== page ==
When a group of people has suffered harm due to a business’s negligence, they can file a class action lawsuit to seek compensation and help keep it from happening again. But in Indiana, this is not possible when the negligent party is a university or college and the negligence has to do with the COVID-19 pandemic. The state legislature passed a law in 2021 prohibiting class action litigation in those cases.
The pandemic profoundly affected all our lives, and college students were no exception. Campuses across Indiana shut down as classes shifted online. While this might have been the safest option amid a global pandemic, it also arguably deprived students of the education they were paying for. A lecture or lab session over Zoom cannot provide the same level of interaction and enrichment as in-person learning in a classroom or lecture hall with the professor and classmates.
Suing Ball State for lack of in-person education
That was much of the argument behind a breach of contract lawsuit that a Ball State University student filed against the school in the spring of 2020. The lawsuit contends that Ball State failed to live up to its promise to provide an in-person learning experience in exchange for payments like tuition and student fees and sought class-action status. The anti-class action law went into effect the following year.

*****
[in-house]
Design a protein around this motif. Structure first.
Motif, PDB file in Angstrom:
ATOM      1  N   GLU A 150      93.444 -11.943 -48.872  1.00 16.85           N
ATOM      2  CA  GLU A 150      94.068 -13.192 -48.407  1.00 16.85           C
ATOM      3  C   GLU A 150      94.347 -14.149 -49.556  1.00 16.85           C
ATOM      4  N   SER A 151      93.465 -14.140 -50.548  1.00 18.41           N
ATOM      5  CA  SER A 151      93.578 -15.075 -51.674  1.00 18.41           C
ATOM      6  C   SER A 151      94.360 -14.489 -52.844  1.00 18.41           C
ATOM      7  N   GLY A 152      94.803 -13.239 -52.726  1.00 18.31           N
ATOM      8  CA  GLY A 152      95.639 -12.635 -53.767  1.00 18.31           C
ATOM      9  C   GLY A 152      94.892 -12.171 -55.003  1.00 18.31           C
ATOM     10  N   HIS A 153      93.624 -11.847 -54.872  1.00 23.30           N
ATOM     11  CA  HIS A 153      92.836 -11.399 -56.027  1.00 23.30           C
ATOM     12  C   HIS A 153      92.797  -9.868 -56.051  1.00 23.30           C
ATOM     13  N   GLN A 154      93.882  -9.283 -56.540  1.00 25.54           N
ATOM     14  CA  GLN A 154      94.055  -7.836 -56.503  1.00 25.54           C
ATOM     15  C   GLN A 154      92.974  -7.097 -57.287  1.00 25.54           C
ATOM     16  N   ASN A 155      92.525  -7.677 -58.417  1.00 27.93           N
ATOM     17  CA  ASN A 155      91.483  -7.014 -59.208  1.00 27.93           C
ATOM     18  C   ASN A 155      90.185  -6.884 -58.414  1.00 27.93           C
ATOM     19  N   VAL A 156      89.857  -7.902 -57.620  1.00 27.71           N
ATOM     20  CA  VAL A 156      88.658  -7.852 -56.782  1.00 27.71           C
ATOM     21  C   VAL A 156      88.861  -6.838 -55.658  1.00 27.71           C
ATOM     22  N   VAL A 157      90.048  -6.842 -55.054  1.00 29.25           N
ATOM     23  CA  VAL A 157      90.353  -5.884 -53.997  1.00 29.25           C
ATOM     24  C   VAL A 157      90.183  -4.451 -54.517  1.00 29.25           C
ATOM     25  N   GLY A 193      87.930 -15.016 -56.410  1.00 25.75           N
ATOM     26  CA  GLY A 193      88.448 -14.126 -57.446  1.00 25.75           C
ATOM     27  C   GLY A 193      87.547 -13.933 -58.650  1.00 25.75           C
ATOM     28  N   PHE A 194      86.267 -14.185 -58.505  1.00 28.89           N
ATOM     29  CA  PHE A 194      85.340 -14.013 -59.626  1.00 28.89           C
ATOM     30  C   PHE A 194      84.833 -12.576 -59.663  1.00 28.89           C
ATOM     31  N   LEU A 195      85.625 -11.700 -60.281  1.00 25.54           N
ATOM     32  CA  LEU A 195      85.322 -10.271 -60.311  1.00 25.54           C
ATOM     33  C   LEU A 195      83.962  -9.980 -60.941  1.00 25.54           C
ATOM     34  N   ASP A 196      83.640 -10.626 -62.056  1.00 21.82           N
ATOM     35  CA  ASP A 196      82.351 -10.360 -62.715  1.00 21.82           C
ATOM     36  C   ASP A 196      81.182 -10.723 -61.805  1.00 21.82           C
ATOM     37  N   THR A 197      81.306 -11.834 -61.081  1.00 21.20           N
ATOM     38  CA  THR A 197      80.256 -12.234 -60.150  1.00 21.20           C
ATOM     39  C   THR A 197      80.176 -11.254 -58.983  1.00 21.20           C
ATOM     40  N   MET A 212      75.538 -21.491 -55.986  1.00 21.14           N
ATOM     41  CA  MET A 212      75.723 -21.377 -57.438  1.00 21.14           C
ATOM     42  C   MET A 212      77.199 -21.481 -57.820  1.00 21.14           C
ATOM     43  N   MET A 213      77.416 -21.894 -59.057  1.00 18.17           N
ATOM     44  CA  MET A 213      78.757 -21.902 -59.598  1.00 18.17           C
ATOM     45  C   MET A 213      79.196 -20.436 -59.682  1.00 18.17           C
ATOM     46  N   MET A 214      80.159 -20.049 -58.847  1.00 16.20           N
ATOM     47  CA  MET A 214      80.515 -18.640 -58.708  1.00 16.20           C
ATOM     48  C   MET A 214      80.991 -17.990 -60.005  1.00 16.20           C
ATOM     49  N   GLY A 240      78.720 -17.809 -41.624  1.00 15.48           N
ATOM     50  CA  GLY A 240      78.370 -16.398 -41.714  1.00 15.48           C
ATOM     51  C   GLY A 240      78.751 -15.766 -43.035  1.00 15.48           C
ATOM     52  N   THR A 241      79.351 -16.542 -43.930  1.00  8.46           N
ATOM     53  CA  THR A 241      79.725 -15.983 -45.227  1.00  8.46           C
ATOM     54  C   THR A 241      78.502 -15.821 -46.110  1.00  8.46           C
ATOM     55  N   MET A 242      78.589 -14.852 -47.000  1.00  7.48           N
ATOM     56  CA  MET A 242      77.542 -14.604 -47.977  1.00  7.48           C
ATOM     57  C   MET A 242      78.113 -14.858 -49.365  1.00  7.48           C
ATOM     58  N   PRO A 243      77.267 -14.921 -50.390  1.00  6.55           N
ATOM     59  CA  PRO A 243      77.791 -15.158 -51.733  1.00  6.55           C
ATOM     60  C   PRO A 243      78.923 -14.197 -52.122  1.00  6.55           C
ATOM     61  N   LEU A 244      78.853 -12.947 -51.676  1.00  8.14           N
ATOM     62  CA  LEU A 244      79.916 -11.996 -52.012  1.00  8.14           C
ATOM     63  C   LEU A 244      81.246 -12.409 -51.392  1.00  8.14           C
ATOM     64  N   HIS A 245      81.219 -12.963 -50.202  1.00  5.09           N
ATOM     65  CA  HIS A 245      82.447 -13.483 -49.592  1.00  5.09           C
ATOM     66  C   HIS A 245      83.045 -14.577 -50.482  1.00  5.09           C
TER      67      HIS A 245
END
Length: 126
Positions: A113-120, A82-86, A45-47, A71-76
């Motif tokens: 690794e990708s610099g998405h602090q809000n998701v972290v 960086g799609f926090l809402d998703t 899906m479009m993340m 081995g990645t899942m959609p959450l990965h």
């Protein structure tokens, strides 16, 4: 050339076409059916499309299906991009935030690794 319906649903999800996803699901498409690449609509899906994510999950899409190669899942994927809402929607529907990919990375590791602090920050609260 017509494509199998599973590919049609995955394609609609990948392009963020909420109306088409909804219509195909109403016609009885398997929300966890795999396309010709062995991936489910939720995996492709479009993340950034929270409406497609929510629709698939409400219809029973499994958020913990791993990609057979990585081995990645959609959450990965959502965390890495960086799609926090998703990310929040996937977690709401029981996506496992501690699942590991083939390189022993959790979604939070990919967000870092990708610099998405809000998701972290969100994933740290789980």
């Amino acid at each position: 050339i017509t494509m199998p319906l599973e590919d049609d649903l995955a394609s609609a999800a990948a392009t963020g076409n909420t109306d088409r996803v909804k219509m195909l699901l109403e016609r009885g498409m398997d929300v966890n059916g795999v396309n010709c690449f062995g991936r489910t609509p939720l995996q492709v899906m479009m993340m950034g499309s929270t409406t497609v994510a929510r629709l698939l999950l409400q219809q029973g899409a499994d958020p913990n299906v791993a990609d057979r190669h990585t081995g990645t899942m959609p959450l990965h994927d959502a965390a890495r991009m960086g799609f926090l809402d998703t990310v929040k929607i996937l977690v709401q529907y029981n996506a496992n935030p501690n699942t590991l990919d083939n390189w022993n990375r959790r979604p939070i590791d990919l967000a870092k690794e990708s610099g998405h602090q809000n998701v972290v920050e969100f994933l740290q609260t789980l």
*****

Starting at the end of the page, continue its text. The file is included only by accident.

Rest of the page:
The case remained stuck on the question of whether the law can be applied retroactively or if it unconstitutionally blocks the student body’s right to compensation. The Indiana Supreme Court has agreed to hear the case on this issue.
Class action rights are crucial
The right to class action litigation is an important way of keeping powerful corporations and institutions accountable when they cause physical or financial harm. It should not be limited without a compelling reason.